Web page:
One of the most astounding natural features in the world can be found in the southwest of Iceland and has become one of the country’s most famous tourist attractions.
Let’s take a closer look at some fun and interesting facts about Gullfoss Falls, easily one of the most breathtaking waterfalls on the planet!
1. It’s located on a famous river in southwest Iceland
The somewhat desolate and gloomy landscape of the southwestern part of Iceland features one of the most fascinating natural landmarks in the world in the form of an incredible waterfall.
This waterfall is located in the Hvítá River, which translates from Icelandic to English as the “White River.” It’s one of the most prominent rivers in this part of the country and originates in an equally astounding glacier lake called the “Hvítárvatn Glacier” in the Highlands of Iceland.
The source of the river is only located about 40 kilometers (25 miles) to the north of the famous waterfall. It eventually meets 3 other rivers before coming together with the Sog River to form the Ölfusá River which eventually flows into the Atlantic Ocean.
2. The waterfall is located inside a canyon
One of the most remarkable facts about Gullfoss Falls is that the Hvítá River turns sharply to the right before dropping into an amazing canyon. This crescent has a length of about 2.5 kilometers (1.6 miles) and is an amazing natural landmark by itself.
This enormous gorge was formed by millions of years of flash floods deepening the existing cracks in the basalt lava. This has resulted in a gorge with a width of about 20 meters (66 feet) and a depth of 32 meters (105 feet).
The enormous pressure of the water of the river dropping down into the canyon is on average about 140 cubic meters per second. This rises to about 2,000 cubic meters per second during flash floods. This kind of explains how the water managed to cut through the Icelandic landscape!
3. It’s a stepped waterfall that consists of 2 drops
One of the most fascinating facts about Gullfoss Falls is that it’s actually a tiered waterfall that consists of 2 drops. Shortly after the river abruptly turns to the right, it plunges about 11 meters (36 feet) deep into the canyon.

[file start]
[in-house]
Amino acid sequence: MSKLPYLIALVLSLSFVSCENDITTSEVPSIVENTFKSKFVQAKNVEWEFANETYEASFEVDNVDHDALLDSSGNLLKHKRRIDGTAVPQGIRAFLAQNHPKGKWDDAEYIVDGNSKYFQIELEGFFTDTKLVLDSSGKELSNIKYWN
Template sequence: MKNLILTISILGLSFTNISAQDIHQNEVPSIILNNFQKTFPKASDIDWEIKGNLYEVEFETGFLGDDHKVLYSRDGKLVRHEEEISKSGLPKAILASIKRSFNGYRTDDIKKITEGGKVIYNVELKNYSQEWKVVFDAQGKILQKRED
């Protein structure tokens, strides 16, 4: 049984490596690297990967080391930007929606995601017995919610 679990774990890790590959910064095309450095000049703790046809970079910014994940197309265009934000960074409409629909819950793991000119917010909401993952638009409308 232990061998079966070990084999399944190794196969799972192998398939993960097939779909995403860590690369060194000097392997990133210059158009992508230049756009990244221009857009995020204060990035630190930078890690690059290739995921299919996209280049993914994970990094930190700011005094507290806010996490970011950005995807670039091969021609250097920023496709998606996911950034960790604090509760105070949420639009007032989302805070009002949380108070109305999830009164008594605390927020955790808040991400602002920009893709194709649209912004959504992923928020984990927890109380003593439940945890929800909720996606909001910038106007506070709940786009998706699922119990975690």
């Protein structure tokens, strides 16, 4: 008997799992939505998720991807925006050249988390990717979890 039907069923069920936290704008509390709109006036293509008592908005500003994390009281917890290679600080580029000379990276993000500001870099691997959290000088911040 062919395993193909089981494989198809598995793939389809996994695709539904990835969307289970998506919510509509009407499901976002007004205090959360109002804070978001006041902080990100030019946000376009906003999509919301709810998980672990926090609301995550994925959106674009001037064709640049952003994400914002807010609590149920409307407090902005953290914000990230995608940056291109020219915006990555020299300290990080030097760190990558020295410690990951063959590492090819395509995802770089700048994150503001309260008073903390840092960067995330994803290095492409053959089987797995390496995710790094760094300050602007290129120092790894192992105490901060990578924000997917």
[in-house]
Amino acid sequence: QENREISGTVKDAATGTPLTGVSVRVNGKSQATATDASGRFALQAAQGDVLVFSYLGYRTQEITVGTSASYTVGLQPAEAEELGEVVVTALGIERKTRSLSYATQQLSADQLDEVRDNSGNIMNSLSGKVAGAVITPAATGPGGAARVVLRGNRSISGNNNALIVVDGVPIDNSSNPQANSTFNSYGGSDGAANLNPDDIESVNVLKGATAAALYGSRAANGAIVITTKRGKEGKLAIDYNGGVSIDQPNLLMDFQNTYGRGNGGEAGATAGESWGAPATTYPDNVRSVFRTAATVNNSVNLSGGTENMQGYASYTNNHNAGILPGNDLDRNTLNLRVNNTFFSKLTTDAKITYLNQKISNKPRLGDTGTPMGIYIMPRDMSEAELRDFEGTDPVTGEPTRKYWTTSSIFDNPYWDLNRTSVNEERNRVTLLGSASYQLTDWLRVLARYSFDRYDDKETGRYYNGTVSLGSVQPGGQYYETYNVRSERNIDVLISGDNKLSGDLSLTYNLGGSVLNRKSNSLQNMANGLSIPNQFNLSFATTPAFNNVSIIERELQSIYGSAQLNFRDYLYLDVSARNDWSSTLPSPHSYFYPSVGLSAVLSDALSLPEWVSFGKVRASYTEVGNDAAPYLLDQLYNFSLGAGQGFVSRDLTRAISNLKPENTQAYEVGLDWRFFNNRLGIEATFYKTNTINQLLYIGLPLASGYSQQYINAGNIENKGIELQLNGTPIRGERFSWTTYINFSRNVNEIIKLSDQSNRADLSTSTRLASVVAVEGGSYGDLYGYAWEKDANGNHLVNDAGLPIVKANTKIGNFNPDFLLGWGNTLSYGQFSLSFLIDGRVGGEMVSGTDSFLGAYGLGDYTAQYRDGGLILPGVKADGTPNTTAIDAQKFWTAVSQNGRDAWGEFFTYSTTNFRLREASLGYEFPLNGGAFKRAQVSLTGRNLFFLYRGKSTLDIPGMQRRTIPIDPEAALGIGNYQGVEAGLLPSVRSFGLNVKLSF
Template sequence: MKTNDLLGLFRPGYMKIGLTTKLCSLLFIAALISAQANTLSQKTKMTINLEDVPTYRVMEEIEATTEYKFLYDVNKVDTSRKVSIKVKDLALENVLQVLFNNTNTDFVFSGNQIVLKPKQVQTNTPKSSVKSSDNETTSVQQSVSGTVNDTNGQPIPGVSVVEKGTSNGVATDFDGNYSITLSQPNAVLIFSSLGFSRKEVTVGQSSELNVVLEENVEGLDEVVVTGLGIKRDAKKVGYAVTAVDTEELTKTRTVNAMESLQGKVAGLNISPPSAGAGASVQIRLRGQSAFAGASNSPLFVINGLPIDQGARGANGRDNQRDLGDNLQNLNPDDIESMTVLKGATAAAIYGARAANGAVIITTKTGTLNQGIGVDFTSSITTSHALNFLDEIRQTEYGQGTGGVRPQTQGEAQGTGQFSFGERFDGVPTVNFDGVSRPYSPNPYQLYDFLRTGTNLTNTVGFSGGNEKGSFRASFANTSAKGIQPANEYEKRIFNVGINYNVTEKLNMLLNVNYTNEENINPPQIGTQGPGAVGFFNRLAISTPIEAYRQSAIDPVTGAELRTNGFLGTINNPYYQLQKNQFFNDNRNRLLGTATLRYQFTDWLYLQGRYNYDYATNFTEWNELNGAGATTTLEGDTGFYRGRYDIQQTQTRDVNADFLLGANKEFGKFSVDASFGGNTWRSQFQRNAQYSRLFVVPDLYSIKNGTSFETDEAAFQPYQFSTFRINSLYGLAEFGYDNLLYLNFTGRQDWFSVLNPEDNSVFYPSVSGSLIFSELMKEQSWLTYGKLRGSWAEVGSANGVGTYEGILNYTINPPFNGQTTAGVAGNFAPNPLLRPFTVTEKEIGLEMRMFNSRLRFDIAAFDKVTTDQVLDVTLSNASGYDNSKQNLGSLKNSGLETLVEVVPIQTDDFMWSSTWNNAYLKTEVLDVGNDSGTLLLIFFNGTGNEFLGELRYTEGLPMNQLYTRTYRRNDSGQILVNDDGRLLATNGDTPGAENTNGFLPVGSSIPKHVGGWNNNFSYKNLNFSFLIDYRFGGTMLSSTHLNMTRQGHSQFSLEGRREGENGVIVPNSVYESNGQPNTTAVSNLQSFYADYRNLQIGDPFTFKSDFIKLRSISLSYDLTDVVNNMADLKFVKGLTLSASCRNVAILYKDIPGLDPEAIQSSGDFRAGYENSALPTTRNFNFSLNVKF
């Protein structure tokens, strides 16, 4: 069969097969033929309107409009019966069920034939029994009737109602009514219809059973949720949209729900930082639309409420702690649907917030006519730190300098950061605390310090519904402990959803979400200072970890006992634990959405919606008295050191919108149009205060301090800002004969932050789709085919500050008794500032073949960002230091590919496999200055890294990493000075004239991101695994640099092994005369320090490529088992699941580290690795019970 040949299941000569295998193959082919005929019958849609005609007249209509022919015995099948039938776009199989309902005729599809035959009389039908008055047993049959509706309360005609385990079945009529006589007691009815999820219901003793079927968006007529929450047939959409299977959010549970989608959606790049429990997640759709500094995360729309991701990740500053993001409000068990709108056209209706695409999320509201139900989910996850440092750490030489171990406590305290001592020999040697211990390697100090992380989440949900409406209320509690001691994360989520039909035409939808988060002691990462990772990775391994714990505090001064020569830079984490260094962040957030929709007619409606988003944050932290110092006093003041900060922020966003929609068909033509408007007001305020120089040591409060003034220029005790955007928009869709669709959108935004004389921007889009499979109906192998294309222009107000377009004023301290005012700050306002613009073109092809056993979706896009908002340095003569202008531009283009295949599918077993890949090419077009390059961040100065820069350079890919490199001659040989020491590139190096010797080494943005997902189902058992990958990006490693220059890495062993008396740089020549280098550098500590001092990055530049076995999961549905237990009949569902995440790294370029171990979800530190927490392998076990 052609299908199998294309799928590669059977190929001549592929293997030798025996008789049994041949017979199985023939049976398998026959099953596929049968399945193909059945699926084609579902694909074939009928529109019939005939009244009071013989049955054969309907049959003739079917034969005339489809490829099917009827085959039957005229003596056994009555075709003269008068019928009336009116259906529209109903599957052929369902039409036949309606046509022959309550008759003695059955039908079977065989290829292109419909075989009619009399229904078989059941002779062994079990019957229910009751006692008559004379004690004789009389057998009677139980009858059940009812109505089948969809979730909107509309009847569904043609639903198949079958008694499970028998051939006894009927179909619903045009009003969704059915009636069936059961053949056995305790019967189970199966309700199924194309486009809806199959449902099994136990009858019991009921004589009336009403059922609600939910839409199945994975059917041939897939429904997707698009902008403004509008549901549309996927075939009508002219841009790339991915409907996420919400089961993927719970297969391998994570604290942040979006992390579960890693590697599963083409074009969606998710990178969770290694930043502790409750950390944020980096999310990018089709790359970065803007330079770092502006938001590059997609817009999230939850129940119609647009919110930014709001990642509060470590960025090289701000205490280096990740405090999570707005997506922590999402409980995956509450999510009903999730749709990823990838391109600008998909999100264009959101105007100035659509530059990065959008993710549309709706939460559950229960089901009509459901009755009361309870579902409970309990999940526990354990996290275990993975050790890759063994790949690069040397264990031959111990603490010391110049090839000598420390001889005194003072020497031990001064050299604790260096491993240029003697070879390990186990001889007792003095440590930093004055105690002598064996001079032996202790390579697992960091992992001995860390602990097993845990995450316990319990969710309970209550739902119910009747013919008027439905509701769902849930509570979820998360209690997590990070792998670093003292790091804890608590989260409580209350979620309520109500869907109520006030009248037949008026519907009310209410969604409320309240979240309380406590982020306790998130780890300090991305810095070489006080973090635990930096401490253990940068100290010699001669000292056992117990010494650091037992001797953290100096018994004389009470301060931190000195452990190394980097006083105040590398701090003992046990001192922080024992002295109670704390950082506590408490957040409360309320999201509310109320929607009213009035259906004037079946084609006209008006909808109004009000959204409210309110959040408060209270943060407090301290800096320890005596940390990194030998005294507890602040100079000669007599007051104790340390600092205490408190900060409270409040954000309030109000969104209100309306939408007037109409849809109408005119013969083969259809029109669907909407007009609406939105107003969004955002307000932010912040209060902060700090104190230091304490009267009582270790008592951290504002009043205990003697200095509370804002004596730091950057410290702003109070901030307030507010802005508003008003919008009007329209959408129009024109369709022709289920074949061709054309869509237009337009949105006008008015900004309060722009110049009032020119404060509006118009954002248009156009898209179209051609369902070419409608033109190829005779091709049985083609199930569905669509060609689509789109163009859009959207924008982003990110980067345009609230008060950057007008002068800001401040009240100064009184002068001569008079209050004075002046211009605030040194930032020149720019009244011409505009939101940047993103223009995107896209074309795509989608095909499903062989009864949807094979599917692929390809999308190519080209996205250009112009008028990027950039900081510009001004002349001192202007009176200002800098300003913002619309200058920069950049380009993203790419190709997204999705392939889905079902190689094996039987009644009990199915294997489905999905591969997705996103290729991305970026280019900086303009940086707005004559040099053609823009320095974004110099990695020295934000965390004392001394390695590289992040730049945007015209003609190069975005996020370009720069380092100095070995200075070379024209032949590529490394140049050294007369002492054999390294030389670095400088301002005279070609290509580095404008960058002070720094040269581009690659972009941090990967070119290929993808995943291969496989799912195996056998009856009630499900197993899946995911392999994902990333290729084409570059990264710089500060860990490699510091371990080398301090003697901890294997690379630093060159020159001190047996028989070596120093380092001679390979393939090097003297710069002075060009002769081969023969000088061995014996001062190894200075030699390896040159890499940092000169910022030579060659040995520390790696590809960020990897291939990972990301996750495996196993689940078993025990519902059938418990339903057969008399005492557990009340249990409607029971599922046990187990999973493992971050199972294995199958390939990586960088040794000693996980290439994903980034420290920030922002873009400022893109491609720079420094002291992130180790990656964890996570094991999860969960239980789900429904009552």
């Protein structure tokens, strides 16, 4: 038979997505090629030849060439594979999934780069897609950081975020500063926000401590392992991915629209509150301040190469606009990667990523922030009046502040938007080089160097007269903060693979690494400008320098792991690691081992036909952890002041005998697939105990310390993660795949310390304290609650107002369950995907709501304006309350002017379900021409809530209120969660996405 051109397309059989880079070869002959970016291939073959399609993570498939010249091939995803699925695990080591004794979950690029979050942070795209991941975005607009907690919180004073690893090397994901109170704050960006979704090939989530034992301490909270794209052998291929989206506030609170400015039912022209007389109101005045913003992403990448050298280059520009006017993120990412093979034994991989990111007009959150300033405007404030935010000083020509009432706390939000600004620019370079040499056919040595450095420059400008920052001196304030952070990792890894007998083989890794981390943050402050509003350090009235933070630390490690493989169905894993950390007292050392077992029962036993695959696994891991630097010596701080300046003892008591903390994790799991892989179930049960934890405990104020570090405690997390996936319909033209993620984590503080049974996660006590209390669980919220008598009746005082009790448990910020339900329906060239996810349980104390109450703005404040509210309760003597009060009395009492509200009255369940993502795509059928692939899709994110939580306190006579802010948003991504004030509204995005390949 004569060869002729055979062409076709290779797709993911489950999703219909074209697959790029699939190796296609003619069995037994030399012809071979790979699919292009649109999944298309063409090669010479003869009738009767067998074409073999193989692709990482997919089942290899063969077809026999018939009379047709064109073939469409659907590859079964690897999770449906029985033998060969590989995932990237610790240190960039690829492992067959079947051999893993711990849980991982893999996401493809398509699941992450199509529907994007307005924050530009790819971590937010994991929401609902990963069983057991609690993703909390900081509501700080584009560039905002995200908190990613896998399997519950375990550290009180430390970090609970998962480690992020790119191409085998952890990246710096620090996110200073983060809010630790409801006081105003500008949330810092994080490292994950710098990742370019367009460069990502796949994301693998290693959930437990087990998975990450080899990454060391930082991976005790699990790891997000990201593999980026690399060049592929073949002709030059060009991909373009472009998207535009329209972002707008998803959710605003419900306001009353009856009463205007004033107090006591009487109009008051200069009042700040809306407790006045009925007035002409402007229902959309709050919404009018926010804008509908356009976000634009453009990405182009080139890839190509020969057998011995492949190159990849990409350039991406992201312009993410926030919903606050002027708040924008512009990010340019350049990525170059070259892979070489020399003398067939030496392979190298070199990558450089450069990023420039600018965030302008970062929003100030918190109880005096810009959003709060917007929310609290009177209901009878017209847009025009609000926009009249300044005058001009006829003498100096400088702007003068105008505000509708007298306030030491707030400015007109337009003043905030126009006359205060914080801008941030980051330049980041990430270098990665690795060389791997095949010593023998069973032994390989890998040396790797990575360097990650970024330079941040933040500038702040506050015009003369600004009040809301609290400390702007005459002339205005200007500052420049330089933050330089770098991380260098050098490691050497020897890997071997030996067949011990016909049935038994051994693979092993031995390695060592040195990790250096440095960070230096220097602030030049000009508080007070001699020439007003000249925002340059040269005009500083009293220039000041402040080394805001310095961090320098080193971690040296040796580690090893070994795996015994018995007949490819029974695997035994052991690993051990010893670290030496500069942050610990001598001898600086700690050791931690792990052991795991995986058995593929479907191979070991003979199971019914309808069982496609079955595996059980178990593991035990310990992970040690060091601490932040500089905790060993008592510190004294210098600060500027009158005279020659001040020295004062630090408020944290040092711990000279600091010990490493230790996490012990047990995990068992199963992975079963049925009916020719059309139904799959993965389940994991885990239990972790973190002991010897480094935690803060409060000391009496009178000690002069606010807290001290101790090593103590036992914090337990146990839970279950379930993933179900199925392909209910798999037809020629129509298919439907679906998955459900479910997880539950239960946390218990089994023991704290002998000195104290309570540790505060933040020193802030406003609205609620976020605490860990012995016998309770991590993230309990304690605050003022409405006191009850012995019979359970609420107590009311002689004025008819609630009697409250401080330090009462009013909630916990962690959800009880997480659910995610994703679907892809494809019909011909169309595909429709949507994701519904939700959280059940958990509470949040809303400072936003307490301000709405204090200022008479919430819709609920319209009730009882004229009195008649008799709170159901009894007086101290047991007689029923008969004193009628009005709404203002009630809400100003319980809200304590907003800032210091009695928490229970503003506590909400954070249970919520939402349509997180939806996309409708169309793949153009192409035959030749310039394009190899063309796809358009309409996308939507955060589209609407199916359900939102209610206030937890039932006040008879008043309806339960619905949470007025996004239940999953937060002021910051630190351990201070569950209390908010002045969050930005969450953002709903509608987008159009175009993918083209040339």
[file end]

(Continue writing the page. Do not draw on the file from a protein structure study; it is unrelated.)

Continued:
It then plunges another 21 meters (69 feet), resulting in the total drop of the waterfall being 32 meters (105 feet).
This type of waterfall is also referred to as a “cataract,” which means a waterfall created by a large amount of water dropping over the edge of a cliff.
4. Its name refers to some of its astounding features
The name of the waterfall, “Gullfoss,” literally translates from Icelandic to English as “Golden Falls.” There are two theories as to why the waterfall was named as such, both referring to its amazing features:
- The glacial water sometimes produces a golden hue, an incredible shiny natural phenomenon.
- In case the sun manages to penetrate the packed clouds covering the Iceland sky, the water produces a fascinating rainbow.
Another theory refers to a legend once written down by Icelandic naturalist Sveinn Pálsson (1762-1840) who wrote a story mentioning:
Once upon a time, a farmer named Gýgur lived at Gýgjarhóll. He had plenty of gold and could not bear the thought of someone else possessing it after his lifetime. To prevent this, he placed the gold in a coffer and threw it into the waterfall.Presumed origin of the waterfall’s name.
After that, the name of this magnificent waterfall permanently became the “Golden Waterfall” or “Gullfoss.”
5. It almost had a different purpose if not for one brave woman
The incredible amount of water running down the edge of the cliff of the canyon didn’t go unnoticed in the early 20th century as it was deemed perfectly suitable to generate a lot of electricity.
One woman’s constant struggle to prevent the waterfall from becoming industrialized partially helped to avoid this fate. This woman was named Sigríður Tómasdóttir (1874-1957) and she had rather radical means of trying to convince local politicians to prevent the waterfalls from being replaced with an enormous dam.
She reportedly made trips to Reykjavik by horse, about 120 kilometers (80 miles) away, just to make her point, and even threatened to throw herself into the waterfall if a dam was to be built.
She’s considered to be the first environmentalist in Iceland and is eternally memorized with a plaque that is located just near the incredible feat of nature that she helped to protect.
6. It’s one of the 3 attractions in the “Golden Circle”
If you ever plan to visit Iceland, then you will most certainly go on a trip referred to as the “Golden Circle” (yes, it was named as such in reference to the Golden Waterfalls).
This tour of the country consists of a roundtrip with visits to the 3 most famous tourist attractions in the country, including Gullfoss Falls!
The other two attractions of the Golden Circle capital Reykjavik are the Þingvellir National Park and the Geysir geothermal area, and the entire trip takes about 230 kilometers (140 miles) to complete!